Ever wonder what’s going on inside a garbage disposal? This page offers an exploded-view illustration of a typical garbage disposal, along with a description of what the various parts do.
A garbage disposal chews up food scraps that are fed down the drain with a heavy flow of water. The disposal, mounted to the underside of the sink drain, has an electric motor that is either hardwired or plugged into a 120-volt box or receptacle, usually located at the back of the sink cabinet.
Inside the garbage disposal in what is called the grinding chamber, shredding blades break down the food, and then an impeller arm and plate force the particles and liquid down the drain. Dishwasher drain water also runs through the garbage disposal so that any large particles are ground up before they reach the drainpipe.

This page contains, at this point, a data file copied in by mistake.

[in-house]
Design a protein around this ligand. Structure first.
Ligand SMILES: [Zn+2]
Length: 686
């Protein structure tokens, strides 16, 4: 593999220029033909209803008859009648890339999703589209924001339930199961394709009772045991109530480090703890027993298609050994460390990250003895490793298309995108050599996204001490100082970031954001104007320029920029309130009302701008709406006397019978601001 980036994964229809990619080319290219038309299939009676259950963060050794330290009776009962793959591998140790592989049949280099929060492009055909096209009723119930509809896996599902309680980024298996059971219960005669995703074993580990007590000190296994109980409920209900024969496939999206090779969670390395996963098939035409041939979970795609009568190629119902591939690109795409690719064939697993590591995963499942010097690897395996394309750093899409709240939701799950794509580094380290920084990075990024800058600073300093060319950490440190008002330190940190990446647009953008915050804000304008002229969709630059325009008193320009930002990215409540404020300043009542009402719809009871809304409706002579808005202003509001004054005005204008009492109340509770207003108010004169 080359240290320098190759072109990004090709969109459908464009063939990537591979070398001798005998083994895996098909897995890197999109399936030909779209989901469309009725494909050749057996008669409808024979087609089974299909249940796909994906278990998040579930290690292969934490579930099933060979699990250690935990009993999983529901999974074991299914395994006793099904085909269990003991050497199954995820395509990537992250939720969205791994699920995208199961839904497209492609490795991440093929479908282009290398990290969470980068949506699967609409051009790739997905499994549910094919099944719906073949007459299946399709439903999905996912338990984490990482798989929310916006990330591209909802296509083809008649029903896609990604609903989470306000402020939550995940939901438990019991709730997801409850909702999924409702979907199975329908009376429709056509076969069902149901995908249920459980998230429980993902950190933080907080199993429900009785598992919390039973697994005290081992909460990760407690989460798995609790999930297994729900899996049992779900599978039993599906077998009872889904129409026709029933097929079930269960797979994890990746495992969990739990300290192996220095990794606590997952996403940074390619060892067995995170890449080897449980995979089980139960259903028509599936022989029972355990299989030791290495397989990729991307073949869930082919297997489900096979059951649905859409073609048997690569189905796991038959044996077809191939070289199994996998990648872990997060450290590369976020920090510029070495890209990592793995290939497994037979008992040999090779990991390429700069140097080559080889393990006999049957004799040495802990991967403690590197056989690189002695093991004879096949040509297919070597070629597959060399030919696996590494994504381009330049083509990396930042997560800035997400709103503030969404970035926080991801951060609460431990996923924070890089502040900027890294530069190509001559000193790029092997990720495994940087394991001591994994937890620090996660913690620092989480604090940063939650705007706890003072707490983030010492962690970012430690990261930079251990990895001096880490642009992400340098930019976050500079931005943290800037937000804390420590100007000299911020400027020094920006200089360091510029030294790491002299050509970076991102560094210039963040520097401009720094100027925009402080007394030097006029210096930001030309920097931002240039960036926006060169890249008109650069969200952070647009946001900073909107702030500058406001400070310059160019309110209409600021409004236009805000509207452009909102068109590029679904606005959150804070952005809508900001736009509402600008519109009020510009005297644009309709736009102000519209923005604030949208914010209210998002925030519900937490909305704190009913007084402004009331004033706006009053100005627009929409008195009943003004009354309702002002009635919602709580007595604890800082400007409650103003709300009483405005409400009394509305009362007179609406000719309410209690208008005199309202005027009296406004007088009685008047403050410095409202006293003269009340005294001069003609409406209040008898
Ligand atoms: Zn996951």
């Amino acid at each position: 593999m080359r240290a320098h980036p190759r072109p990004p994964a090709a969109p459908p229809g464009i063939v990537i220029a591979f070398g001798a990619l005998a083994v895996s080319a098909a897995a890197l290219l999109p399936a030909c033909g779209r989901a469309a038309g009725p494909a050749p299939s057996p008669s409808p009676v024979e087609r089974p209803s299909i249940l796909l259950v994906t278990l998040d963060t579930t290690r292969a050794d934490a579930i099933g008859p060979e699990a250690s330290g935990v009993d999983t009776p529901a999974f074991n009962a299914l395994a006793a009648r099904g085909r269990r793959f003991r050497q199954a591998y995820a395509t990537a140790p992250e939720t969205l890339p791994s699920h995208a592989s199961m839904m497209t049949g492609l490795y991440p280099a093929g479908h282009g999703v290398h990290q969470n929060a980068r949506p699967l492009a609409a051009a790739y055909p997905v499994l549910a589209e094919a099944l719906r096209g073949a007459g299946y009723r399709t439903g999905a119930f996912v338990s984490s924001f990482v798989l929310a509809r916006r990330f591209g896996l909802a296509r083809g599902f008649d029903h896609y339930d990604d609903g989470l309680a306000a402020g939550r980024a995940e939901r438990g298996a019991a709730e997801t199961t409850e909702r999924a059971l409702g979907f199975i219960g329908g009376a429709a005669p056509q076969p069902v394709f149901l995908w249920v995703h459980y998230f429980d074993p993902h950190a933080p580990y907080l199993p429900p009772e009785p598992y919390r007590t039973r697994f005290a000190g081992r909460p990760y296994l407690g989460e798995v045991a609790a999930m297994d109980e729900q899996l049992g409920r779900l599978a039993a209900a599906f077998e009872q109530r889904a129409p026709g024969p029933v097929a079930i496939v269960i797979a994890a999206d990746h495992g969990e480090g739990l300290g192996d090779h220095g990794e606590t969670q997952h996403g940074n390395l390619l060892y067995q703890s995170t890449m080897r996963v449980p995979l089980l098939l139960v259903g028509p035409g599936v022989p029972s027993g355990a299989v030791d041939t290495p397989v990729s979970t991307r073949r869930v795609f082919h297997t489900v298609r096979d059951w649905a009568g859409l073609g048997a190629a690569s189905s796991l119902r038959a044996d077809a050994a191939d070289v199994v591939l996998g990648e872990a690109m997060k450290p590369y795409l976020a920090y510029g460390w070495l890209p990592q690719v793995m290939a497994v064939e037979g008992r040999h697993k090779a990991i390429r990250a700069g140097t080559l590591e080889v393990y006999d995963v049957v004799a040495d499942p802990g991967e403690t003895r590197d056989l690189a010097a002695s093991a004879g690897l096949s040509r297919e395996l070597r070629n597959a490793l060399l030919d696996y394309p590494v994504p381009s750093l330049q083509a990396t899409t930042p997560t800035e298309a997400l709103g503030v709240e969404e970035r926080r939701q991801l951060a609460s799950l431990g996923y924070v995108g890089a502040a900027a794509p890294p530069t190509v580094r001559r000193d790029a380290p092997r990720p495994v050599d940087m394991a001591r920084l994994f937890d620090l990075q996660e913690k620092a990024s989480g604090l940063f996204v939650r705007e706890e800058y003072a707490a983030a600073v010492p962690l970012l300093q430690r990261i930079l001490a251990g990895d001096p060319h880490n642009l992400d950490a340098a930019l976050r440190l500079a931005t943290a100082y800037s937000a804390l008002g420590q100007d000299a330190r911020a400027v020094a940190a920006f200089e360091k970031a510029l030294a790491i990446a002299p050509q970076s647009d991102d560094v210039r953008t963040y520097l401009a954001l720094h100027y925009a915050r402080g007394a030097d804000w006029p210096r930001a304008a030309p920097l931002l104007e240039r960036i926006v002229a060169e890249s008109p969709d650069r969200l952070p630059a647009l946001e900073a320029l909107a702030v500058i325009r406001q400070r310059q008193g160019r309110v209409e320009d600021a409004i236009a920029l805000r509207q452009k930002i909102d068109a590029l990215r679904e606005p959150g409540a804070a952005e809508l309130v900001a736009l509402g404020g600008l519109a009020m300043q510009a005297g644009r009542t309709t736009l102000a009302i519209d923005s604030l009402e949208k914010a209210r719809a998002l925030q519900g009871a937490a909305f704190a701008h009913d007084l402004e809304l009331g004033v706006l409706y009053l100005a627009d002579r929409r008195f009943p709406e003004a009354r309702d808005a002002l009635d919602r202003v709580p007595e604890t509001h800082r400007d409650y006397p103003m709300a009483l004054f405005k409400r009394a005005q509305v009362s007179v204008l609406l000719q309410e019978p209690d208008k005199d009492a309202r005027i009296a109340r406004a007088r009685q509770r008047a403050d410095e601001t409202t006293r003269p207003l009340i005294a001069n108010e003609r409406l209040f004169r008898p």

Two types of garbage disposal are commonly available: the continuous-feed type, activated by a switch as you run the water, and the batch-feed type, activated by turning a stopper after loading the disposal with garbage.
Most garbage disposals fit the standard drain outlet. Local safety codes may determine the distance the switch must be located from the sink—the farther away, the safer.
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